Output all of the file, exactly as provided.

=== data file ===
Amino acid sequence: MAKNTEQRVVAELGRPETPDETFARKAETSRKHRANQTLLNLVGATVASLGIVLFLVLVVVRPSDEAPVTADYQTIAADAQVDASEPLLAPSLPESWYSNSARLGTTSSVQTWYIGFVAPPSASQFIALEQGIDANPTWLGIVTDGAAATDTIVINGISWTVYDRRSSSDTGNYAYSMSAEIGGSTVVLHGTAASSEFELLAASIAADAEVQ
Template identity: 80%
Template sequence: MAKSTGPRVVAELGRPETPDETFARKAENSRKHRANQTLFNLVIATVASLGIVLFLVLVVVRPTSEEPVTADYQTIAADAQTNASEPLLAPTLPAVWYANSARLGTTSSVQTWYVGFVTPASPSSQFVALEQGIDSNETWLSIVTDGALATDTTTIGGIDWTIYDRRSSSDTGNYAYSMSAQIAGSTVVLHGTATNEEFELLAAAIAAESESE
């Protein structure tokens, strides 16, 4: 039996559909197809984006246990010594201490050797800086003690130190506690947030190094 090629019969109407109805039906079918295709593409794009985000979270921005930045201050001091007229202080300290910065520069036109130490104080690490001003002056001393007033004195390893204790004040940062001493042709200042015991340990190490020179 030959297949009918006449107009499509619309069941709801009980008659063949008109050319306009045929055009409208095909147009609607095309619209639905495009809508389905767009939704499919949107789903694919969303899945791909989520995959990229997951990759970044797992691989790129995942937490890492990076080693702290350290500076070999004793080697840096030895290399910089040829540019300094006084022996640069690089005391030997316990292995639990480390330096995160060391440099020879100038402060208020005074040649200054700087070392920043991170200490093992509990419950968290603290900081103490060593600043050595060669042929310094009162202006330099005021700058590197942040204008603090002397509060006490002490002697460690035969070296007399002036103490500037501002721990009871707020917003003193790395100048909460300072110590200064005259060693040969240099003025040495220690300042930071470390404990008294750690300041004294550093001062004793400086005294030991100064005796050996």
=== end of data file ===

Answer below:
Amino acid sequence: MAKNTEQRVVAELGRPETPDETFARKAETSRKHRANQTLLNLVGATVASLGIVLFLVLVVVRPSDEAPVTADYQTIAADAQVDASEPLLAPSLPESWYSNSARLGTTSSVQTWYIGFVAPPSASQFIALEQGIDANPTWLGIVTDGAAATDTIVINGISWTVYDRRSSSDTGNYAYSMSAEIGGSTVVLHGTAASSEFELLAASIAADAEVQ
Template identity: 80%
Template sequence: MAKSTGPRVVAELGRPETPDETFARKAENSRKHRANQTLFNLVIATVASLGIVLFLVLVVVRPTSEEPVTADYQTIAADAQTNASEPLLAPTLPAVWYANSARLGTTSSVQTWYVGFVTPASPSSQFVALEQGIDSNETWLSIVTDGALATDTTTIGGIDWTIYDRRSSSDTGNYAYSMSAQIAGSTVVLHGTATNEEFELLAAAIAAESESE
């Protein structure tokens, strides 16, 4: 039996559909197809984006246990010594201490050797800086003690130190506690947030190094 090629019969109407109805039906079918295709593409794009985000979270921005930045201050001091007229202080300290910065520069036109130490104080690490001003002056001393007033004195390893204790004040940062001493042709200042015991340990190490020179 030959297949009918006449107009499509619309069941709801009980008659063949008109050319306009045929055009409208095909147009609607095309619209639905495009809508389905767009939704499919949107789903694919969303899945791909989520995959990229997951990759970044797992691989790129995942937490890492990076080693702290350290500076070999004793080697840096030895290399910089040829540019300094006084022996640069690089005391030997316990292995639990480390330096995160060391440099020879100038402060208020005074040649200054700087070392920043991170200490093992509990419950968290603290900081103490060593600043050595060669042929310094009162202006330099005021700058590197942040204008603090002397509060006490002490002697460690035969070296007399002036103490500037501002721990009871707020917003003193790395100048909460300072110590200064005259060693040969240099003025040495220690300042930071470390404990008294750690300041004294550093001062004793400086005294030991100064005796050996």